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Methanol Institute: EU’s Fit for 55 agenda is an opportunity for progress on shipping emissions

19 Oct 2021

The global trade association for the methanol industry Methanol Institute (MI) on Monday (18 October) released a statement regarding the European Union’s Fit for 55 package and the shipping industry’s transition.

The Methanol Institute (MI) has welcomed the European Union’s package of proposals known as Fit for 55 as an opportunity to advance the availability of alternative fuels for shipping. But MI has urged the Commission to consider how best to support the industry on the journey towards the ultimate goal of carbon neutrality by 2050.

In a recently published policy position paper MI states that supply-side mechanisms aimed at spurring the uptake of renewable fuels should be emphasized so as to make low carbon and net carbon neutral fuels more affordable and so drive the switch to renewables. MI also recommends a steeper incremental increase of the FuelEU Maritime GHG reduction targets beyond 2030, accelerating faster than currently proposed, to direct investment towards alternative fuels offering transitional pathways towards carbon neutrality.

MI also supports the extension of the Emissions Trading System to shipping as long as the system is grounded in Lifecycle Assessment (LCA) and the concept of CO2 equivalence, but proposes a five-year phase-in, starting in 2030, to help overcome industry resistance to change and enable experience-building to be incorporated into the policy.

While the EU’s proposal to apply carbon pricing to extra-EU voyages under the ETS is an issue of concern for the shipping industry, the MI doubts that progress of climate action at the IMO will be sufficient to satisfy European lawmakers. Should the opportunity to impose a global fuel levy arise within the phase-in period, EU policymakers should be empowered to abandon the extension of ETS to maritime transport in favour of a more effective instrument with a global scope.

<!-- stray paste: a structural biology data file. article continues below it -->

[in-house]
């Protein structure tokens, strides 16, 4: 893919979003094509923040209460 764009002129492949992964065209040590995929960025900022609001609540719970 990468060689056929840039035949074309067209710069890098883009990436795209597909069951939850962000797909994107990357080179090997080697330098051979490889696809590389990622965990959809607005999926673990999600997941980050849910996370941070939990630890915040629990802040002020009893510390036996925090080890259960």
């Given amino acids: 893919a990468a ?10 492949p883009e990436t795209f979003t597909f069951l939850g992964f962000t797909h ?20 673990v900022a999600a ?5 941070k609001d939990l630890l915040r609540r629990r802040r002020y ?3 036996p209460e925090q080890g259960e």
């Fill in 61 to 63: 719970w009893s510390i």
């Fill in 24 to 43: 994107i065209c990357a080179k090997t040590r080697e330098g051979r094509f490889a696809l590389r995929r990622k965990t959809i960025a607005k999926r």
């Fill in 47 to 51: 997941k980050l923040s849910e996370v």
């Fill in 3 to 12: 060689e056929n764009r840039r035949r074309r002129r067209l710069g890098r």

“To successfully facilitate the increased supply and use of alternative marine fuels, it is critical that the EU ETS yields a carbon price that proves sufficient to trigger a systemic shift towards renewable and lower carbon fuels for the maritime sector,” said Matthias Ólafsson, MI’s Manager of Government and Public Affairs, Europe. “The ETS and FuelEU Maritime initiatives must address the most significant challenge to achieving greenhouse gas emission ambitions of the maritime sector, which is the lack of clear vision and corresponding support required to ensure uptake of sustainable marine fuels.”

To safeguard interoperability between other Fit for 55 proposals and regulations formed on the international level, MI believes the well-to-wake/LCA methodology used in FuelEU maritime should also be reflected in the EU ETS and EU taxonomy for measuring emissions from maritime activities.

Other recommendations by the MI include:

  • The ETS and FuelEU Maritime should expressly state that GHG accounting be based on CO2 equivalence, not solely on CO2 levels and include all major greenhouse gases.
  • To better account for short-lived climate pollutants in marine transport, the Global Warming Potential should reflect a shorter timeframe of 20 years. For GHGs with a longer lifetime, a GWP of 100 years should be applied.
  • The ETS system should calculate the GHG performance of fuels based on a well-to-wake approach and apply CO2eq to reflect the complete environmental profile of fuels, in alignment with the provisions of FuelEU Maritime.

Note: To download a copy of the Policy Paperclick here.


Photo credit: Maksym Kaharlytskyi from Unsplash
Published: 19 October, 2021

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